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Inhibiting tryptophan metabolism enhances interferon therapy in kidney cancer.

  • Author(s): Trott, Josephine F
  • Kim, Jeffrey
  • Abu Aboud, Omran
  • Wettersten, Hiromi
  • Stewart, Benjamin
  • Berryhill, Grace
  • Uzal, Francisco
  • Hovey, Russell C
  • Chen, Ching-Hsien
  • Anderson, Katie
  • Graef, Ashley
  • Sarver, Aaron L
  • Modiano, Jaime F
  • Weiss, Robert H
  • et al.
Abstract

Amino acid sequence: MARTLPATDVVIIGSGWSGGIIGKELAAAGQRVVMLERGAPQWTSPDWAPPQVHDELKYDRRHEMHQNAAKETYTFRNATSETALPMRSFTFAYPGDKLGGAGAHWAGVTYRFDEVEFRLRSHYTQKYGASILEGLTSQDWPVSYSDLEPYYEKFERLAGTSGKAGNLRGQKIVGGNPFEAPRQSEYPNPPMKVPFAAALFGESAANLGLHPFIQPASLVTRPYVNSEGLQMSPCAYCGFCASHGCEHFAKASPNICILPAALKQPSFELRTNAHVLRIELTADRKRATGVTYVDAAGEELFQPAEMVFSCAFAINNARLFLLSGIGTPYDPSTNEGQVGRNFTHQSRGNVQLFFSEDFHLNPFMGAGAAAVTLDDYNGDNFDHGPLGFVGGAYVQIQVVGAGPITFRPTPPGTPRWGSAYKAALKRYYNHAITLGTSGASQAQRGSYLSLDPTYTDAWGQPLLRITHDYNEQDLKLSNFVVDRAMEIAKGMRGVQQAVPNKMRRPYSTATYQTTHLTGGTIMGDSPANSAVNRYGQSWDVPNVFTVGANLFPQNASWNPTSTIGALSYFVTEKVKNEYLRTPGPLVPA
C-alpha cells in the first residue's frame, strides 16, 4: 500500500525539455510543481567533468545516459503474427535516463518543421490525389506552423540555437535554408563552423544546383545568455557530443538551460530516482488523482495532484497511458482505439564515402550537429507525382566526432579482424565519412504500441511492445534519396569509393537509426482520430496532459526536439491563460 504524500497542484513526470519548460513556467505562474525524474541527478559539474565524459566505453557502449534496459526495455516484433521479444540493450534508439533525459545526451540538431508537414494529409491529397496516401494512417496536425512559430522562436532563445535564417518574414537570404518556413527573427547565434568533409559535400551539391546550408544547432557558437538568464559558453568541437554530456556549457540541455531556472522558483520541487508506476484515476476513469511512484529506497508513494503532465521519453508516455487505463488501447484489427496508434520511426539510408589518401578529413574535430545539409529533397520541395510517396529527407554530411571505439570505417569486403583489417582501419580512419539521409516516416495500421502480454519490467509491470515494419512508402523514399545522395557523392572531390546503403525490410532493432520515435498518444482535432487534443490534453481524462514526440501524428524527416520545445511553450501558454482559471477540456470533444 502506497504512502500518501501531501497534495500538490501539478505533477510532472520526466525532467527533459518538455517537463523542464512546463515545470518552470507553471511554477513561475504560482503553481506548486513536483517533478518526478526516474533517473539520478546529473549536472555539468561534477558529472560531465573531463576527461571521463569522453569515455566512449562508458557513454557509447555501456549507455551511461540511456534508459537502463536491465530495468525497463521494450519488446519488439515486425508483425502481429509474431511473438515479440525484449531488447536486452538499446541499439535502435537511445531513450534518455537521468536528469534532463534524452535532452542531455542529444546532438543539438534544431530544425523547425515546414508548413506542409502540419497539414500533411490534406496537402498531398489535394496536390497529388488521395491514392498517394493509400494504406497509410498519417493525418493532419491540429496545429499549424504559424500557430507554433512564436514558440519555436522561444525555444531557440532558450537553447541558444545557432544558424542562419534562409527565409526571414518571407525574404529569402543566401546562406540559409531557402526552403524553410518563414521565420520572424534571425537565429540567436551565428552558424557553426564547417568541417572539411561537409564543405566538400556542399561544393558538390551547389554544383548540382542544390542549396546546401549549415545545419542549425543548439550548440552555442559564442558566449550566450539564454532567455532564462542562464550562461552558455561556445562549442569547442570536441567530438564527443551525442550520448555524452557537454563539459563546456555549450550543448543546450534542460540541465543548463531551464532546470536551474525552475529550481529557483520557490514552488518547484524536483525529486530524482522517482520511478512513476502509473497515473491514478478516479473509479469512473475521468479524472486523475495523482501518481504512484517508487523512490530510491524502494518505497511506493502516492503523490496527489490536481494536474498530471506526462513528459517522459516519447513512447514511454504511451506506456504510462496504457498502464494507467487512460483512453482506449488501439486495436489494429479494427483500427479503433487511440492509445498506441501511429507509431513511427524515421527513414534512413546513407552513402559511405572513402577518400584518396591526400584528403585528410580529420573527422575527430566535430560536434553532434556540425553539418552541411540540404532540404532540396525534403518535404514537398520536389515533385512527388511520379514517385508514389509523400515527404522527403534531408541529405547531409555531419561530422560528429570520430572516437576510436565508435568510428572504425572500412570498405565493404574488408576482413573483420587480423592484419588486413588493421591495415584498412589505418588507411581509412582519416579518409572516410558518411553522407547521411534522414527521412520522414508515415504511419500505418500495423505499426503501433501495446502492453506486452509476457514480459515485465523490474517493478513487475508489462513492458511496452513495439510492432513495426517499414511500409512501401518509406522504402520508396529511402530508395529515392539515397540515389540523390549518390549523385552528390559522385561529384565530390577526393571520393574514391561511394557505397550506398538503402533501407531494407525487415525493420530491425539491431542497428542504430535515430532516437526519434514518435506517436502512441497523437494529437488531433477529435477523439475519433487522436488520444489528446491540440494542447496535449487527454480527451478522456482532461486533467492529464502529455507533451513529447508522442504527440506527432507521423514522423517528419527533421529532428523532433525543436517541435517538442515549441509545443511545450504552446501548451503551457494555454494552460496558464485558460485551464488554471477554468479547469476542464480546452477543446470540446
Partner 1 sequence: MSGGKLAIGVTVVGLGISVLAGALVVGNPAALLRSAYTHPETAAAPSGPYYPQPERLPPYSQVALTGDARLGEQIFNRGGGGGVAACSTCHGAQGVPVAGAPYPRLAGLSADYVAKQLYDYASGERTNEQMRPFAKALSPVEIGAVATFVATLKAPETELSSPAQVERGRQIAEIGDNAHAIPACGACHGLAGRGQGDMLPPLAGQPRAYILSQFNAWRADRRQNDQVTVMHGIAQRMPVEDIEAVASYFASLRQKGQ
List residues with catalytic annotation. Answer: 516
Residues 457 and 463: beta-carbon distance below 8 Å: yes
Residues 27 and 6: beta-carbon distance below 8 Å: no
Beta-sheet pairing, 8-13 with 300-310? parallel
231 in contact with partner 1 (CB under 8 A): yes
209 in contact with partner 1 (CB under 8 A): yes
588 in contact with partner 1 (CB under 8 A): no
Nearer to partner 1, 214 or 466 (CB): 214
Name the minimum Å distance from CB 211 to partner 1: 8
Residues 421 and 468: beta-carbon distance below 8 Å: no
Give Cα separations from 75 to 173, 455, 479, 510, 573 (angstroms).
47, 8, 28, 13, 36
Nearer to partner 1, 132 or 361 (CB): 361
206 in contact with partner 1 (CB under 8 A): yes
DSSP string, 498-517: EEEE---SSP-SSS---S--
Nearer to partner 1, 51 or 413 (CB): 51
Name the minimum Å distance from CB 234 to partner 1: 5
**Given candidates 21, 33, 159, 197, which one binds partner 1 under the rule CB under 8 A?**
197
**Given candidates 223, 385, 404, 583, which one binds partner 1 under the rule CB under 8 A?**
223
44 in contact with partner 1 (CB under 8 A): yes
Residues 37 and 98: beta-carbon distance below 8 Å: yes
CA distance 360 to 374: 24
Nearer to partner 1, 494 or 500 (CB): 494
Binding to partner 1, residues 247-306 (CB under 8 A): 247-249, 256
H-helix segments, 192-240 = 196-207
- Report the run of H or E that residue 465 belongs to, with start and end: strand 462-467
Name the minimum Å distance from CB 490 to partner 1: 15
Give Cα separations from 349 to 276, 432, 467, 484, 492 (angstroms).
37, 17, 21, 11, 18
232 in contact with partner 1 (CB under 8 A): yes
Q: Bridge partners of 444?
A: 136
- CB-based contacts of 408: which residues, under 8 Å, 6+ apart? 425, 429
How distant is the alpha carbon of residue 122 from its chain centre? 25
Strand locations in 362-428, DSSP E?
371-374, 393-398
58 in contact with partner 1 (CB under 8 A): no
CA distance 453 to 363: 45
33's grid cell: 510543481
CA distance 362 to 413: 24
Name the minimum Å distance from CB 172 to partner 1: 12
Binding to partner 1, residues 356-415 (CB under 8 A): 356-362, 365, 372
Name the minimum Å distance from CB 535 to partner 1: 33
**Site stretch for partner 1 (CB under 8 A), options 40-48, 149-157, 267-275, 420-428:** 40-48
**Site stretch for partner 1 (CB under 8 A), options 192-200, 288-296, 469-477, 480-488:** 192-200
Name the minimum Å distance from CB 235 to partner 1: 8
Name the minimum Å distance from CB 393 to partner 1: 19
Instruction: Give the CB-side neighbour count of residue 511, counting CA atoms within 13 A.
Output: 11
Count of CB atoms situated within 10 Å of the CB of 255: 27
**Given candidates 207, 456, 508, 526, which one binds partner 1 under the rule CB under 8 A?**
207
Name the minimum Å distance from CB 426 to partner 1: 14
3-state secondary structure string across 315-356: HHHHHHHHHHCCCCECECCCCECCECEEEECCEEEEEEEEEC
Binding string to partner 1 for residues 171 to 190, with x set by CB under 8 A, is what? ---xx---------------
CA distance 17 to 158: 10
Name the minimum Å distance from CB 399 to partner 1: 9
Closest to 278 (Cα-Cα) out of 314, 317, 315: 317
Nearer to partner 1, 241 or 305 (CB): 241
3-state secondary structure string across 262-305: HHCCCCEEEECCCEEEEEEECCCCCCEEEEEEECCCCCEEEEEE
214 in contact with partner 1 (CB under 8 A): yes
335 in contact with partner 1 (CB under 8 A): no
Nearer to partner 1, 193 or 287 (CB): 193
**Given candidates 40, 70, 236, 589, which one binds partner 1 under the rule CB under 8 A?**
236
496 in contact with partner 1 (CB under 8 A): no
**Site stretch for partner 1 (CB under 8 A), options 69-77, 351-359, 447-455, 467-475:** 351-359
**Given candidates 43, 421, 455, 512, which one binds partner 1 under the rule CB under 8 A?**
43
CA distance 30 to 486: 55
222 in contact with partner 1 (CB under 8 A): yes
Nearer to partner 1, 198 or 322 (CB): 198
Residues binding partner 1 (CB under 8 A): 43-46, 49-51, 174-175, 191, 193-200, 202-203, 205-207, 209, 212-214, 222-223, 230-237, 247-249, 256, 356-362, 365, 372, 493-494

Renal cell carcinoma (RCC) is increasing in incidence, and a complete cure remains elusive. While immune-checkpoint antibodies are promising, interferon-based immunotherapy has been disappointing. Tryptophan metabolism, which produces immunosuppressive metabolites, is enhanced in RCC. Here we show indolamine-2,3-dioxygenase-1 (IDO1) expression, a kynurenine pathway enzyme, is increased not only in tumor cells but also in the microenvironment of human RCC compared to normal kidney tissues. Neither kynurenine metabolites nor IDO inhibitors affected the survival or proliferation of human RCC or murine renal cell adenocarcinoma (RENCA) cells in vitro. However, interferon-gamma (IFNγ) induced high levels of IDO1 in both RCC and RENCA cells, concomitant with enhanced kynurenine levels in conditioned media. Induction of IDO1 by IFNα was weaker than by IFNγ. Neither the IDO1 inhibitor methyl-thiohydantoin-DL-tryptophan (MTH-trp) nor IFNα alone inhibited RENCA tumor growth, however the combination of MTH-trp and IFNα reduced tumor growth compared to IFNα. Thus, the failure of IFNα therapy for human RCC is likely due to its inability to overcome the immunosuppressive environment created by increased IDO1. Based on our data, and given that IDO inhibitors are already in clinical trials for other malignancies, IFNα therapy with an IDO inhibitor should be revisited for RCC.

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